Sunday, April 1, 2007

MVFP (my very first post...)

Dear Friends,
This is my first post, so please be kind. First, I'd like to thank my manager, Alon Amit, for setting it up so quickly. What I hope to do here is discuss various aspects of my personal, scientific and musical life in the hope that it is of some interest or benefit to others.

I was born in Winnipeg and grew up in Ottawa, at a time when there were only six teams in the NHL, and the CFL was much more popular in Canada than American football. I loved going with my Dad to Landsdowne Park, becoming intoxicated with the cigar smoke, and watching the Roughriders clobber the Hamilton Tiger Cats. We used to go for lime-flavoured ice cream at some small dairy right in town, I wish I could remember its name.

I attended Hillcrest High School, the school was just a few years old when we started. For some reason, I declined to study music, and 'majored' in things like woodwork. I was a total disaster in woodwork and still can't hammer a nail into the wall without injuring the wall, the nail or my finger (hammer remains intact, though). I studied with some very talented kids, and wonder whether any went on to have illustrious careers.

I left Ottawa after grade thirteen (does that still exist anywhere?) and came to Israel for one year. That turned into a very long year, and with the exception of a year in Toronto on sabbatical, have lived here practically ever since.

Some seven years ago, during one of my visits abroad to talk about bad breath (what I do for a living, along with smelling people), I met some people from Ottawa at a tiny train station in England (somewhere near Chester, the name will come to me). They told me that Hillcrest had become one of the best high schools in Ontario. In grade nine I did really well on a math competition and received a slide rule (who remembers what that thing is?) from none other than Russ Jackson. Turns out, I had a lucky day, and bombed out in subsequent math competitions. I have really fond memories of a lot of teachers at that school, particularly Ken Crouch (I understand he won the prime minister's award, he deserves it) and E.W. Benoit who turned a bunch of science nerds into lit lovers.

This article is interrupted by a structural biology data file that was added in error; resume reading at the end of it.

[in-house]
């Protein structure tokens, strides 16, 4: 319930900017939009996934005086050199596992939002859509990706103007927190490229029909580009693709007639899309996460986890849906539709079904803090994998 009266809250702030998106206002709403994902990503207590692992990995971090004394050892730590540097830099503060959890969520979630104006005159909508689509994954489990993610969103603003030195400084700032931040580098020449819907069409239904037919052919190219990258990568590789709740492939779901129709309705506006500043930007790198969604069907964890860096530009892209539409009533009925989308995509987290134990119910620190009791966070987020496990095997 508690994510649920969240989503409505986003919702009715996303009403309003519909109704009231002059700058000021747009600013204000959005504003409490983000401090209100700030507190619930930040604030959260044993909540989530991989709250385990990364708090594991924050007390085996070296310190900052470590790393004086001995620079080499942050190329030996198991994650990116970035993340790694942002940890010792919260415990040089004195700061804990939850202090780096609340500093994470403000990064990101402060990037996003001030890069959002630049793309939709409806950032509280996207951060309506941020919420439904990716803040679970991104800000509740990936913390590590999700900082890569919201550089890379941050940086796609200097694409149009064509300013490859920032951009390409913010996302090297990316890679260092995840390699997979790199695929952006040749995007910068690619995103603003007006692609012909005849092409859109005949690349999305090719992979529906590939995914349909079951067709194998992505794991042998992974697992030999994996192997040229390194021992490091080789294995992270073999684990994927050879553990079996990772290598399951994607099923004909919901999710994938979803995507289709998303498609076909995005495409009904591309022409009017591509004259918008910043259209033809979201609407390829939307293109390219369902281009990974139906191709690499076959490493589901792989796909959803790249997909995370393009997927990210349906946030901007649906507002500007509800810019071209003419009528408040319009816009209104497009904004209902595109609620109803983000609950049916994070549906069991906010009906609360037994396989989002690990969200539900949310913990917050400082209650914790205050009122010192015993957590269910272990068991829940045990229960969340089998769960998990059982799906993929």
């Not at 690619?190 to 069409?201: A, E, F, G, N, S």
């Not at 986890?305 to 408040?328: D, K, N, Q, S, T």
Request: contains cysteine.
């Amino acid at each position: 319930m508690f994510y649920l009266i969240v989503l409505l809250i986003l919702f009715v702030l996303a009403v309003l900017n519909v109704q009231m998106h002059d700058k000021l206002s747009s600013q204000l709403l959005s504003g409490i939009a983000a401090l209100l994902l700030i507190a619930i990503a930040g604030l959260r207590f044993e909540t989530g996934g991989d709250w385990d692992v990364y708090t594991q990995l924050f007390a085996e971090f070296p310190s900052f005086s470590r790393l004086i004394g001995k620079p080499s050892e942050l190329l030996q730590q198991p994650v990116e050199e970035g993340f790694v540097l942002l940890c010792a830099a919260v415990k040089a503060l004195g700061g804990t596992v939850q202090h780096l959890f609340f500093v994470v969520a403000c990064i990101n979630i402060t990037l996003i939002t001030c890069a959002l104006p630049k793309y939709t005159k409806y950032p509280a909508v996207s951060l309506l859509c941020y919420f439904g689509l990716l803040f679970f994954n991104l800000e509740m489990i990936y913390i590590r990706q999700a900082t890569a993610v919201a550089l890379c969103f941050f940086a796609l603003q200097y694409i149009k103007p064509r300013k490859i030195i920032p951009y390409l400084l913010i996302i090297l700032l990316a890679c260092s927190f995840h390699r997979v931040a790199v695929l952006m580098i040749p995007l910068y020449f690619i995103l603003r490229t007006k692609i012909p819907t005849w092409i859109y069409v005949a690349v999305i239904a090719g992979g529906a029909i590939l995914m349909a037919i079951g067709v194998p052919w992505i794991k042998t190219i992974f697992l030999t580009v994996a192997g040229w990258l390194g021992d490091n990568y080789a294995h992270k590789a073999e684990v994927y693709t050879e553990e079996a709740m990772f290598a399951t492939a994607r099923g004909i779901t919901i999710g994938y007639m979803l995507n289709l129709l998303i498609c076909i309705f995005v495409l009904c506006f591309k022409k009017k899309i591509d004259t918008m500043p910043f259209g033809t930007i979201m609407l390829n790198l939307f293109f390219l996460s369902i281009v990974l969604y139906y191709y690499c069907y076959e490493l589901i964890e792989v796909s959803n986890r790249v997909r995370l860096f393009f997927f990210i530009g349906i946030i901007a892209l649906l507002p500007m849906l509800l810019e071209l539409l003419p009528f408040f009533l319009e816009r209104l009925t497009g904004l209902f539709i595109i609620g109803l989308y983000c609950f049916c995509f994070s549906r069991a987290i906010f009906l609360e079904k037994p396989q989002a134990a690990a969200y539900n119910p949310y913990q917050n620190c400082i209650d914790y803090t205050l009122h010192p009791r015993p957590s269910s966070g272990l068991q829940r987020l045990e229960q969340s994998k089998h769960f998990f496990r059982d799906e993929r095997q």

I studied classical piano with Sandra Coupal on Daly Street. I was taking a piano lesson when John F. Kennedy was assasinated. Isn't it funny how you remember exactly where you were on that day, at that hour? Sandra was a great and demanding piano teacher, I learned recently that a prize is awarded in her name each year. Sandra had a fantastic student (I think his name was Frank Parkinson) who began piano at sixteen and was wonderfully talented. Within three years he learned to play "Rhapsody in Blue" and performed with our teacher at the concert she organized every two years at Academic Hall. The very next day, Frank stopped taking lessons. It turned out that he had this dream to play this particular piece, he succeeded, and that was that. This is one of the poignant stories of my youth. Where are you today, Frank? Have you gone back to the piano?

Anyway, this was (at the age of ten) my first exciting exposure to George Gershwin and jazz. Too bad I didn't follow up on it till I was twenty. I guess it was just one of those things.

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